Under construction
Unicase Law Firm

Promotion of medicines: are you ready
to take a risk?

The pharmaceutical industry has been at the forefront of research and development for many years, and its promotional phase plays a significant role as well. Promotional and marketing activities are important for informing people about the availability and use of novel drugs, as well as supplementing medical professionals' (healthcare providers') existing knowledge for effective patient treatment. However, behind the modest intention of increasing medical professionals’ awareness and knowledge of the most recent advances in medicine, it is critical to prevent aggressive marketing strategies where commerce overshadows a commitment

to patient health care.

In this article, we will consider the main aspects of regulating activities for the promotion of medicines under the legislation of the Republic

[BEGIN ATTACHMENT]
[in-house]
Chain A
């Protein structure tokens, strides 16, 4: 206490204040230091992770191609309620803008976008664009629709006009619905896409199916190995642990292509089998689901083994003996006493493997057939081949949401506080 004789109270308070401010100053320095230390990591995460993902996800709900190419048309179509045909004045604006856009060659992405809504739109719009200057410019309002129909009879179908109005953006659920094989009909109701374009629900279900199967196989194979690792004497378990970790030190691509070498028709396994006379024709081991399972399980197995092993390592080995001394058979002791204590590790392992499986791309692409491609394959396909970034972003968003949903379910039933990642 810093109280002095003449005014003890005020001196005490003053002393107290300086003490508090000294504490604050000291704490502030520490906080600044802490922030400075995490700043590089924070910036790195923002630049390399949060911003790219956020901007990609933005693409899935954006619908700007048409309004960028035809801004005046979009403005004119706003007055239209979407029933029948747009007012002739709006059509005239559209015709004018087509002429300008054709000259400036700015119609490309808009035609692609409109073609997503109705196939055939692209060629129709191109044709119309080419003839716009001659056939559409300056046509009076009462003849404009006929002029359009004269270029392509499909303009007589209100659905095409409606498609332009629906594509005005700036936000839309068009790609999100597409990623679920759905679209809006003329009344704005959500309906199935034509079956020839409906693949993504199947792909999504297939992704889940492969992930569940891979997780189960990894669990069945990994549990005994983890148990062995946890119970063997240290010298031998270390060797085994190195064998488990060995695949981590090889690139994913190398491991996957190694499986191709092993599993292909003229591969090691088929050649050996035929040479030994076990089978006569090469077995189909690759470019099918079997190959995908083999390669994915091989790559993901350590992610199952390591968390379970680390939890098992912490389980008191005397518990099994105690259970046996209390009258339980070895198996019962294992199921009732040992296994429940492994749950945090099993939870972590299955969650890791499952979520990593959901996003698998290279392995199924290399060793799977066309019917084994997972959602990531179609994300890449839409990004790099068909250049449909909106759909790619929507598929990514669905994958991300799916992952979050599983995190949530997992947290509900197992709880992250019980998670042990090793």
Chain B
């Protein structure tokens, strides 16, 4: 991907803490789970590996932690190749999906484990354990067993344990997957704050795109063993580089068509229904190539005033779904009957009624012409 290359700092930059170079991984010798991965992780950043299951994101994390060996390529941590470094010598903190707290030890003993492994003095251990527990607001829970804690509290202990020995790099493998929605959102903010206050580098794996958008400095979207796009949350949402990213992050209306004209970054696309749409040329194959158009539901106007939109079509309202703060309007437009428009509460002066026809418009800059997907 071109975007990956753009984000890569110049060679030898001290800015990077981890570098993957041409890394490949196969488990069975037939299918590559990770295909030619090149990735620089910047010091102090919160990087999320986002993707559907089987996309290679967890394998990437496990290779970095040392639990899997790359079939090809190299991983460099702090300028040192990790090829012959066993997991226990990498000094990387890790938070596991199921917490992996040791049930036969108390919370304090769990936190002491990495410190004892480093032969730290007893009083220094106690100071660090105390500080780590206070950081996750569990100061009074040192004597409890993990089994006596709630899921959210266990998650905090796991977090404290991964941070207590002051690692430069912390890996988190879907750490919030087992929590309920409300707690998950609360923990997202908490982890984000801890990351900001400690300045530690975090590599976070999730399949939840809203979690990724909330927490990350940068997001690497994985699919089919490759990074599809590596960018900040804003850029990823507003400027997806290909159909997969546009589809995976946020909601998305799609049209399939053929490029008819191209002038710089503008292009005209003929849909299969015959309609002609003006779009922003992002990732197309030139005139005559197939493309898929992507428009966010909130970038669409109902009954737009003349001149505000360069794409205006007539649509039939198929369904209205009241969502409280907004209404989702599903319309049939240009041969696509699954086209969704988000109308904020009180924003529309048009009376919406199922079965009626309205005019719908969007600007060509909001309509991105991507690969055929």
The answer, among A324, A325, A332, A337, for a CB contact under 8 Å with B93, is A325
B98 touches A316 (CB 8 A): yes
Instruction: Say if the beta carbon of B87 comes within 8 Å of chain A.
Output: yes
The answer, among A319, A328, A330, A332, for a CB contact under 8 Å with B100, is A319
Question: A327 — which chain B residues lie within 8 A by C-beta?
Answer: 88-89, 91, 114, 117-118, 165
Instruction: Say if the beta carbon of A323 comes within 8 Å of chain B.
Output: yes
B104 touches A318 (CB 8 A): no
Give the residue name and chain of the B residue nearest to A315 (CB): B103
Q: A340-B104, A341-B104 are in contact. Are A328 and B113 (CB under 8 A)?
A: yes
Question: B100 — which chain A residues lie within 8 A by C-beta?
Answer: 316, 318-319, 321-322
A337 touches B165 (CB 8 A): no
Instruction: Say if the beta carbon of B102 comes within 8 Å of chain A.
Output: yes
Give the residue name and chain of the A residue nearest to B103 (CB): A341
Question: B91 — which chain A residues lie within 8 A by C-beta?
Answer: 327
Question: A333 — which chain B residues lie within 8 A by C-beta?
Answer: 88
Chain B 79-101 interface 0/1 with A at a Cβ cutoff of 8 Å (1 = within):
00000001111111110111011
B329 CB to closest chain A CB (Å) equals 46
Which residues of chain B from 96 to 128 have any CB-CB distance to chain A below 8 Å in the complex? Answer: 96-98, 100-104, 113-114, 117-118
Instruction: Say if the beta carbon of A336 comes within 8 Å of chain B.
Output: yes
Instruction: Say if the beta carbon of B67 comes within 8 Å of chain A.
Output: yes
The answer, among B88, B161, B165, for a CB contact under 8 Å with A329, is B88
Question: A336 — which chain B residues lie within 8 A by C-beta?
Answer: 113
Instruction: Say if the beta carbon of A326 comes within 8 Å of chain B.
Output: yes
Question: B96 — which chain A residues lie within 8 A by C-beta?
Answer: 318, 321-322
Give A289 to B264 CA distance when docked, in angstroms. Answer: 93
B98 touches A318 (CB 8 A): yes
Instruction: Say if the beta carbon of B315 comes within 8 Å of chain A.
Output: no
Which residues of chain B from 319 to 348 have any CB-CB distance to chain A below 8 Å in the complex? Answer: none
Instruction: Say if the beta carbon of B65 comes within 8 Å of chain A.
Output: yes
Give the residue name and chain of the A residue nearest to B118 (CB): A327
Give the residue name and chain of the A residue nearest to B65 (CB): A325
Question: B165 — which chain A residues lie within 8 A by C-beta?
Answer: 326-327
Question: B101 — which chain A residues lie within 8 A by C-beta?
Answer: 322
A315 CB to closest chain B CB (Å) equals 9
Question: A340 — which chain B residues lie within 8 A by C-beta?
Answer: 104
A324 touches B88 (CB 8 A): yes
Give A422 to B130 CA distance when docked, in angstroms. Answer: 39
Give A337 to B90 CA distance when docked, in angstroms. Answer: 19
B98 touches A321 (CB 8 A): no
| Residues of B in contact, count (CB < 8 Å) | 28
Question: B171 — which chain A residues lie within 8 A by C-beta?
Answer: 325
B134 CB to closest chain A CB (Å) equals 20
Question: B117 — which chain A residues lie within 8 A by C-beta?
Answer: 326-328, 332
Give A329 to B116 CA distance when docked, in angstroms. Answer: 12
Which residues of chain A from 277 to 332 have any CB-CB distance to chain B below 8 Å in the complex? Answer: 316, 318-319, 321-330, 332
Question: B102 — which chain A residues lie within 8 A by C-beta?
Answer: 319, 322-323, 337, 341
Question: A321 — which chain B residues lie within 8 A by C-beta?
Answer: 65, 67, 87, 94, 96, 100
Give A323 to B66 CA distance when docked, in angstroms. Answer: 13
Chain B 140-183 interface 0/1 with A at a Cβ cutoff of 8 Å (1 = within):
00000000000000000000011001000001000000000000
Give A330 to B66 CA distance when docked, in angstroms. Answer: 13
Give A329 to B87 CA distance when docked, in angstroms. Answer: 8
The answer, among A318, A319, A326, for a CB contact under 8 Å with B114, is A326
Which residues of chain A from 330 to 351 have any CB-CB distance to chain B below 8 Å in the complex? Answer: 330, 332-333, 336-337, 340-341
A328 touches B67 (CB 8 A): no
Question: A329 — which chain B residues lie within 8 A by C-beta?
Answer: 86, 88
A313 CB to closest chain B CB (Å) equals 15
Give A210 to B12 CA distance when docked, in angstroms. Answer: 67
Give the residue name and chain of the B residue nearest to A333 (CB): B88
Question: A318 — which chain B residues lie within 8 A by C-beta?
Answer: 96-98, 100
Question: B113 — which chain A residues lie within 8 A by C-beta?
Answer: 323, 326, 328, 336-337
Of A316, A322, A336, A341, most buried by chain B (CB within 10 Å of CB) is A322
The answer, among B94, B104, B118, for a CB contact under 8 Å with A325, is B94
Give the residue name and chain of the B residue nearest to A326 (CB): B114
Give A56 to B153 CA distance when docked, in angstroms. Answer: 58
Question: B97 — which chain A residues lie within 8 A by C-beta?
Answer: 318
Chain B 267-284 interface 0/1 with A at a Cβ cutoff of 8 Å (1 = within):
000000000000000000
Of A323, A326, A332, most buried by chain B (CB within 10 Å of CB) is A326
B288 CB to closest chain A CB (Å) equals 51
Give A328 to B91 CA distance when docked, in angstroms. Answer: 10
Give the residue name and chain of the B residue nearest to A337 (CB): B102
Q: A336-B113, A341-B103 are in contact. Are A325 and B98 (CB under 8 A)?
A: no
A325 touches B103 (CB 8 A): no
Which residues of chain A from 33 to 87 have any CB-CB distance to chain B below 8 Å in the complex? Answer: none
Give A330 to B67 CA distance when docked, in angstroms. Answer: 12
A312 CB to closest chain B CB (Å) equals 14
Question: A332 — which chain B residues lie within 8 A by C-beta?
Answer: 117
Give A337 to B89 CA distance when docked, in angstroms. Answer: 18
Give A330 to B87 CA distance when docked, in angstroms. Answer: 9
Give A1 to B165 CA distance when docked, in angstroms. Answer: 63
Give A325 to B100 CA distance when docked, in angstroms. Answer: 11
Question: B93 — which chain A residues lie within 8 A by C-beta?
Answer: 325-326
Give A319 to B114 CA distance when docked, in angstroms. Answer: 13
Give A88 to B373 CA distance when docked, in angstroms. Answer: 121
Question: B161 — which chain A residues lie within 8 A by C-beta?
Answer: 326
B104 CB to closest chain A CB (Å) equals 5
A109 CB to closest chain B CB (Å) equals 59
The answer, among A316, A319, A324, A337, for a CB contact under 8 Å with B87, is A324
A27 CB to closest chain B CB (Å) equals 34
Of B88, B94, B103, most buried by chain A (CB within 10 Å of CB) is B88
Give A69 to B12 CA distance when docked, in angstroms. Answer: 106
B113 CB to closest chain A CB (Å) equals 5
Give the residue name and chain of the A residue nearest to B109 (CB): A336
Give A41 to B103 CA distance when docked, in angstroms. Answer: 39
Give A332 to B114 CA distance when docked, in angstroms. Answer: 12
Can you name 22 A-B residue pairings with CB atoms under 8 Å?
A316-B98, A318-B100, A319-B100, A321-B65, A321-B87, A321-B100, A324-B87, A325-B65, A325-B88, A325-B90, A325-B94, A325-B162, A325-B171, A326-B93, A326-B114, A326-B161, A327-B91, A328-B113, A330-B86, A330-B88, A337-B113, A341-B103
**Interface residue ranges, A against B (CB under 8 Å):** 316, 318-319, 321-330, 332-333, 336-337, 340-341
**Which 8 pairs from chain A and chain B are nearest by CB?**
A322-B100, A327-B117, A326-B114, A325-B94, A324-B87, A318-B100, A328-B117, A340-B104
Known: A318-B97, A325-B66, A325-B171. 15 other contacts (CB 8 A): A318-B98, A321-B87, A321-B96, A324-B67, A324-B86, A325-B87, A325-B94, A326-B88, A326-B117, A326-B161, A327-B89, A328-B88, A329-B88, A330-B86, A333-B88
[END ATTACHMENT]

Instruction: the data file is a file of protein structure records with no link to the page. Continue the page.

of Kazakhstan (Kazakhstan/RoK).

Promotion is any activity organised and financed by a pharmaceutical company to facilitate prescription, supply, use, recommendation, or consumption of pharmaceutical products (medicines, medical devices (MDs), and preventive care products (PCPs).

In turn, advertising, as a tool for promoting pharmaceutical products, is information distributed or placed in any form, by any means, for an indefinite audience, containing specific details on medicines and MDs, facilitating their promotion and distribution.